A huge 100,000-PC grid-computing network being built to help research the origin of the universe passed the third of four major tests recently when it reached a data-transfer milestone, with up to 1GB/sec. of physics data sent over the global grid.
In an announcement Wednesday, the European Organization for Nuclear Research (CERN) said the data was transferred from CERN in Geneva to 12 major computer centers around the globe. More than 20 computing facilities at universities and colleges were also used in the testing. The data transfers were made to analyze real-time storage, distribution and analysis of the data while the grid is being built and refined.
The grid project is being assembled to help deliver physics data around the world from the Large Hadron Collider (LHC), a giant particle collider that will be used by researchers to help learn more about the Big Bang theory of the creation of the universe. The LHC is scheduled to begin operating at CERN next year.
Francois Grey, an IT spokesman for CERN, said the latest test was part of a scheduled series of four tests that must be completed before the grid goes live next year.
"This was the first time that this model was tested with real data" at the 1GB/sec. data-transfer rate, Grey said. A previous grid test conducted last April involved seven major computer centers in the U.S. and Europe and transferred data at lower speeds -- sustained rates of up to 600MB/sec.
The 100,000-PC grid will help CERN and a worldwide network of researchers and scientists harness a huge amount of computing power and storage capacity that it couldn't build on its own, Grey said.
"We have absolutely no means, budgetary or otherwise, to assemble that," he said. "So the computing power is definitely something that needs to be spread out."
The grid will also be able to store some 15 petabytes of data -- 15 million gigabytes -- annually, and will have to be continually expanded because the data will have to be continuously preserved for analysis. "That's a big challenge, and that's why we need to distribute the storage" over the worldwide grid, Grey said.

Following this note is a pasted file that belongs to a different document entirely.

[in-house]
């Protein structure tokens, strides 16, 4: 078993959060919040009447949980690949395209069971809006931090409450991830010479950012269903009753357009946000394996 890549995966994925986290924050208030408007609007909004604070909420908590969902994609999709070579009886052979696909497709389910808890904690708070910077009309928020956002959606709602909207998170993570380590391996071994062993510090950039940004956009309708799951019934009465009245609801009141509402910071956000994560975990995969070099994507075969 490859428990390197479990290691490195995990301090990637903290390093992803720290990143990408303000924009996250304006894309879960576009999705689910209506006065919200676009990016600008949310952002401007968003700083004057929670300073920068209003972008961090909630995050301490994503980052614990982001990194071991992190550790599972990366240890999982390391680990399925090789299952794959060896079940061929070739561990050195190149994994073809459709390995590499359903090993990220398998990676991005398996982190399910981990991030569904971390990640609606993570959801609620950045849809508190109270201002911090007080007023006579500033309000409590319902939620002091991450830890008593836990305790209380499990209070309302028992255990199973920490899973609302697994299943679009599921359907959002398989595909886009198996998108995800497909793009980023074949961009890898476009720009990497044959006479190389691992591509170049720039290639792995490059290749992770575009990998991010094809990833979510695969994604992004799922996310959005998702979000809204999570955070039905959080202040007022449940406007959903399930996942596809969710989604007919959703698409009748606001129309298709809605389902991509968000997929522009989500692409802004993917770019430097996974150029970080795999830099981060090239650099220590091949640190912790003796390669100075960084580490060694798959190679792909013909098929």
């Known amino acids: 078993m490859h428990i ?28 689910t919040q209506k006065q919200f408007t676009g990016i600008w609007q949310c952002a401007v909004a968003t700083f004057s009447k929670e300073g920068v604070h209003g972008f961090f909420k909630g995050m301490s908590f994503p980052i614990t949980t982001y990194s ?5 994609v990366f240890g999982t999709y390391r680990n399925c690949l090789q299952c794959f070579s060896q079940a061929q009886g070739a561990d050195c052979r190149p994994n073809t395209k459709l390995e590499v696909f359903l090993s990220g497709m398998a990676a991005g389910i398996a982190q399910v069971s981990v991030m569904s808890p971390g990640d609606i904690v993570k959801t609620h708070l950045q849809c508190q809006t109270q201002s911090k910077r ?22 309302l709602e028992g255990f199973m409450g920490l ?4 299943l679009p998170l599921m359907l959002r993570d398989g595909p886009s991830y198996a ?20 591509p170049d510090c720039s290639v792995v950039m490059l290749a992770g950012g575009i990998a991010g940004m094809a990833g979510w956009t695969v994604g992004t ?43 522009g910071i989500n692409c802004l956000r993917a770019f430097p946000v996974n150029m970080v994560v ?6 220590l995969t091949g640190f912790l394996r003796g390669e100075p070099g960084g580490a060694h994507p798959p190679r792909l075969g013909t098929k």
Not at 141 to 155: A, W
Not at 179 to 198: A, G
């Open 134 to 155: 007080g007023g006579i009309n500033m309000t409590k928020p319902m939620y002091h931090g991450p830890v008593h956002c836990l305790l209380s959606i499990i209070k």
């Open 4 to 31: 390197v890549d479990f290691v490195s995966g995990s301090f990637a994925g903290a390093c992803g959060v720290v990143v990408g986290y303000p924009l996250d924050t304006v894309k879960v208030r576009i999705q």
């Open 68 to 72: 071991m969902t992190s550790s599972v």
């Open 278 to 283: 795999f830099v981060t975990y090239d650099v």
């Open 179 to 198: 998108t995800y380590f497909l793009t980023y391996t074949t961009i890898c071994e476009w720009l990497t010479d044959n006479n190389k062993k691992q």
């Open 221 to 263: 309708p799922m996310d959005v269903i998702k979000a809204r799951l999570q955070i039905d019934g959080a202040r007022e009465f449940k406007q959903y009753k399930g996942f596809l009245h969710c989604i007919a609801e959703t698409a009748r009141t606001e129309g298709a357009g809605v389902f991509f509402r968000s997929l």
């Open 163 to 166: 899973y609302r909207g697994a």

Next year, the LHC particle collider will be used by scientists to begin smashing protons and ions together in a massive, multinational experiment to understand what the universe looked like tiny fractions of a second after the Big Bang. The particle accelerator will release a vast flood of data on a scale unlike anything seen before, which is why the grid computing network is needed. The LHC, which is being built near Geneva, will be a circular structure 17 miles in circumference and will eventually produce data at up to 1.8GB/sec.
The grid will send the data from CERN over the Internet and over specialized high-speed links around the world, Grey said, via a middleware software stack that can be used by researchers. When a researcher accesses the grid for data analysis, the software can automatically determine the closest source of the data in the grid and the closest source of computing power, and it can automatically perform authentications, record keeping and other related tasks, all in a secure environment, he said.
The final major test of the grid is scheduled for this summer.
Once the testing is completed, four experiments will produce data that will be sent to the grid from the LHC. They are Atlas ATLAS, CMS (Compact Muon Solenoid), ALICE (A Large Ion collider Experiment) and LHCb.
The experiments involve huge underground detectors that will identify collisions of particles, providing data that can be produced in large images, like a fireworks display, Grey said. The experiments can help researchers to learn whether other particles were formed only briefly when the universe was formed during the Big Bang and to find out what made up those missing particles.
"It's detective work to figure out what was there and how it acted," Grey said. "It's real, fundamental science. This grid is being built to handle huge amounts of data that is being spewed out. There's Nobel Prizes at stake, so it's pretty exciting."
CERN, which is a European laboratory for particle physics, is leading the LHC and grid efforts. In the U.S., the projects include grid participation from the Brookhaven National Laboratory, the Fermi National Accelerator Laboratory, Purdue University, California Institute of Technology, the University of California at San Diego, the University of Wisconsin-Madison, the University of Florida and the University of Nebraska-Lincoln.